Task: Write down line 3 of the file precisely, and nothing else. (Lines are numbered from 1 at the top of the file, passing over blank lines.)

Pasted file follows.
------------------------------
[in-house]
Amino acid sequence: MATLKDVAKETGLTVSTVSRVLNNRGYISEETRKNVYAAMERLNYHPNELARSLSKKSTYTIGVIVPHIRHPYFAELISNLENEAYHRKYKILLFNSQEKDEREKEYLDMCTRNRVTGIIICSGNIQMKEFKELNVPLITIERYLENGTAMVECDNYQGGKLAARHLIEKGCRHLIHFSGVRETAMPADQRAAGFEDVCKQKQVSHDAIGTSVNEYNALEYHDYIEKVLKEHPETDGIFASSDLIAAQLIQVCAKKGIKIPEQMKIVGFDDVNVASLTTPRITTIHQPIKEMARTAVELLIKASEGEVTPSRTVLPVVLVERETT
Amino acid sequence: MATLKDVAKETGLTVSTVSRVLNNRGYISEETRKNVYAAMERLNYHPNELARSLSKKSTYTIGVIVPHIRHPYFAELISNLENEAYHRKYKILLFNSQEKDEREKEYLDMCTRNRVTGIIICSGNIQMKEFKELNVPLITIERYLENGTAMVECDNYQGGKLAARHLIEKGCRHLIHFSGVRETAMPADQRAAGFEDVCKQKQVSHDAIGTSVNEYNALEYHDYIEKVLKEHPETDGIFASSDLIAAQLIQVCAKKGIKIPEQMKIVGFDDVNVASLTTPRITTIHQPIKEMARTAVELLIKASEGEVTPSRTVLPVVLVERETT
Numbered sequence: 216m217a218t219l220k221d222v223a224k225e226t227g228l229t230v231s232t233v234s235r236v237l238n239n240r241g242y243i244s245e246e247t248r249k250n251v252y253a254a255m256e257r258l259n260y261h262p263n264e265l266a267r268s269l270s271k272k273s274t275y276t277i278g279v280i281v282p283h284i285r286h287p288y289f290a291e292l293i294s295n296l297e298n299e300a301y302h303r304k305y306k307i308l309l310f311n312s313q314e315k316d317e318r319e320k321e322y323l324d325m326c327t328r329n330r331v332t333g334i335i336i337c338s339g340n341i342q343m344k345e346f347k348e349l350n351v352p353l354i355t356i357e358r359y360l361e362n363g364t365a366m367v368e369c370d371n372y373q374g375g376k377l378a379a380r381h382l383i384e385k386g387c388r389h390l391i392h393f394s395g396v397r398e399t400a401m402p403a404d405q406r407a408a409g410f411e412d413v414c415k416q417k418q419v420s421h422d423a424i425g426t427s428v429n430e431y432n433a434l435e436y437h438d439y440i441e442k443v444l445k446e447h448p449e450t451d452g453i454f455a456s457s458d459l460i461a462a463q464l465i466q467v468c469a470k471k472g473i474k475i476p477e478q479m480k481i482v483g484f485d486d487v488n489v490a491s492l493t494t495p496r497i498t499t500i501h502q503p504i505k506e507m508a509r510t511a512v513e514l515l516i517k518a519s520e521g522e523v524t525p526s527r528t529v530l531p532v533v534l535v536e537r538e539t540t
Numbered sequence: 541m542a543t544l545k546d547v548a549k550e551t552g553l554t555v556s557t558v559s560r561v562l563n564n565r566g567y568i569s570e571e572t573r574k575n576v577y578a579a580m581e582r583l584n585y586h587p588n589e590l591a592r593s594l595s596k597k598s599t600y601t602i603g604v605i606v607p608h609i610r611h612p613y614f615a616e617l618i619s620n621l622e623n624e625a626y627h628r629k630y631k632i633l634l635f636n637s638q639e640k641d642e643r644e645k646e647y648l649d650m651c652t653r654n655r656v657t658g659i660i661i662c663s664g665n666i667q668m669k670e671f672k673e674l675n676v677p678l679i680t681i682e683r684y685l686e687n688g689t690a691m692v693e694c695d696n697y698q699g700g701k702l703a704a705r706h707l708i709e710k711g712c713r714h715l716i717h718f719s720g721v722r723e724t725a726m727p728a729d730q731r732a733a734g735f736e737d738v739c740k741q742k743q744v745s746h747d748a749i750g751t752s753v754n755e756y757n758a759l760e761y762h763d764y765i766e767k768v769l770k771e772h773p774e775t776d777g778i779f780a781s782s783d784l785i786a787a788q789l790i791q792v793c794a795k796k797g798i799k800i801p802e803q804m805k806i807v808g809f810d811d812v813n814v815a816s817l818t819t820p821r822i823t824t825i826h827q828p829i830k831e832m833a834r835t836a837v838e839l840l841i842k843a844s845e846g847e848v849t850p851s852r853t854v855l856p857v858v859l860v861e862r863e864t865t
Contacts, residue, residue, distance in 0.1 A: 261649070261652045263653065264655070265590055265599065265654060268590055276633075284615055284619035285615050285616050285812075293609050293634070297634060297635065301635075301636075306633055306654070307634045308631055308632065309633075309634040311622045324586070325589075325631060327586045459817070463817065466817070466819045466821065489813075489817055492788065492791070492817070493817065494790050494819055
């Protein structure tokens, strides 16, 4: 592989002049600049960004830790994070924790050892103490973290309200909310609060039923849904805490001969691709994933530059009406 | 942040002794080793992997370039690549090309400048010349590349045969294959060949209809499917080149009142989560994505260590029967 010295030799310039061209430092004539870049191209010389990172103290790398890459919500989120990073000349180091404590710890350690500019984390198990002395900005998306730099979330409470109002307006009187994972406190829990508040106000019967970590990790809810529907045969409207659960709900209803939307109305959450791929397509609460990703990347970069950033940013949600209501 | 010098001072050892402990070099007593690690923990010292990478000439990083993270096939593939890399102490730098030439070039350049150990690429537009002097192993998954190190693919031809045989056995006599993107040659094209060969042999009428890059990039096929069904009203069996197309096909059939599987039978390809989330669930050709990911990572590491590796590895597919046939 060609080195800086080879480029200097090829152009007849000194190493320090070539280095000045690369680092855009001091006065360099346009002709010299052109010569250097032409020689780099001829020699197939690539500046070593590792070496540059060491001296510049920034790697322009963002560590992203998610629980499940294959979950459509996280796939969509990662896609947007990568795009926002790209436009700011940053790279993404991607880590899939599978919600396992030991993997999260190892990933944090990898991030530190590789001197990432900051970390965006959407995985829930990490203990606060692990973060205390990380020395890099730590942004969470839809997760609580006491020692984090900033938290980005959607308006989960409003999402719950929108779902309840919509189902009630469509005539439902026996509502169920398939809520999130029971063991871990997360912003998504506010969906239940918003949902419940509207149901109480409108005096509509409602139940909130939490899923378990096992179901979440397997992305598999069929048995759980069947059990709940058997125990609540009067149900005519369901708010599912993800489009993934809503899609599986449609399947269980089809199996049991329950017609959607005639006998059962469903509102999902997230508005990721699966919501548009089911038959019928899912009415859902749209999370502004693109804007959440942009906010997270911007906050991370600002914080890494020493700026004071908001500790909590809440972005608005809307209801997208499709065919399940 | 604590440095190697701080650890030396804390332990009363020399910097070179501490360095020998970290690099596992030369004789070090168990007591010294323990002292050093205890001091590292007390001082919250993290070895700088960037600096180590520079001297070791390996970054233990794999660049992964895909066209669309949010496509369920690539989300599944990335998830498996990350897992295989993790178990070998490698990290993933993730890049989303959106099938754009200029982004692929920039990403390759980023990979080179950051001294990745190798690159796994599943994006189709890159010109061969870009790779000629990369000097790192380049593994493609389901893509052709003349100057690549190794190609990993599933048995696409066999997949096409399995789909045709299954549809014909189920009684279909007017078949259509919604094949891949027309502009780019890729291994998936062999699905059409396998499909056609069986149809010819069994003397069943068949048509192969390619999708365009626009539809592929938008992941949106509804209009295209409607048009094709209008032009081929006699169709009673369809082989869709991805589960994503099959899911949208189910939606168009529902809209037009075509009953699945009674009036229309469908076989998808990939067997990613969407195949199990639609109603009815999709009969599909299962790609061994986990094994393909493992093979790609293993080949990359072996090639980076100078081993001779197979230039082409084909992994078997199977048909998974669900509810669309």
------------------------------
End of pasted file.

Amino acid sequence: MATLKDVAKETGLTVSTVSRVLNNRGYISEETRKNVYAAMERLNYHPNELARSLSKKSTYTIGVIVPHIRHPYFAELISNLENEAYHRKYKILLFNSQEKDEREKEYLDMCTRNRVTGIIICSGNIQMKEFKELNVPLITIERYLENGTAMVECDNYQGGKLAARHLIEKGCRHLIHFSGVRETAMPADQRAAGFEDVCKQKQVSHDAIGTSVNEYNALEYHDYIEKVLKEHPETDGIFASSDLIAAQLIQVCAKKGIKIPEQMKIVGFDDVNVASLTTPRITTIHQPIKEMARTAVELLIKASEGEVTPSRTVLPVVLVERETT